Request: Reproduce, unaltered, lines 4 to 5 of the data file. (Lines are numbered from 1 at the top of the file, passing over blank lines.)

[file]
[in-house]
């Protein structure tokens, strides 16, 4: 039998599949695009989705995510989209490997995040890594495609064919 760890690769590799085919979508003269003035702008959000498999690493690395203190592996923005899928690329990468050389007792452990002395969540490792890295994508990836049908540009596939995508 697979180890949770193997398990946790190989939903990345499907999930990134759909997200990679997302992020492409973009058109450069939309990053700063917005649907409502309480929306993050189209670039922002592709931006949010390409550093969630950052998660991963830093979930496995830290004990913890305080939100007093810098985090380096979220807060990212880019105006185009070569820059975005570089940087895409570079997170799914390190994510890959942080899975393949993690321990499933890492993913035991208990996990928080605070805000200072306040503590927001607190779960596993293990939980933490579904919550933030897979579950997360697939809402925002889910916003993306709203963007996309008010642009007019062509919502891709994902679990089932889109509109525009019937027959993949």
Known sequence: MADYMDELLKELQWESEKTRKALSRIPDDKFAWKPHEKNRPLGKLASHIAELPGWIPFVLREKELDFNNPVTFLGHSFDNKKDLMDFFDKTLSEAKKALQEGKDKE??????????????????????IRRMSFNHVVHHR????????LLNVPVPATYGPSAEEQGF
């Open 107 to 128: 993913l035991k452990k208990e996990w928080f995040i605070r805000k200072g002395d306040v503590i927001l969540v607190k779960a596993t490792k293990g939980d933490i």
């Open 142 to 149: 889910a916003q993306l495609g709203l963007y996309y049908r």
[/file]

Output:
């Open 107 to 128: 993913l035991k452990k208990e996990w928080f995040i605070r805000k200072g002395d306040v503590i927001l969540v607190k779960a596993t490792k293990g939980d933490i």
């Open 142 to 149: 889910a916003q993306l495609g709203l963007y996309y049908r």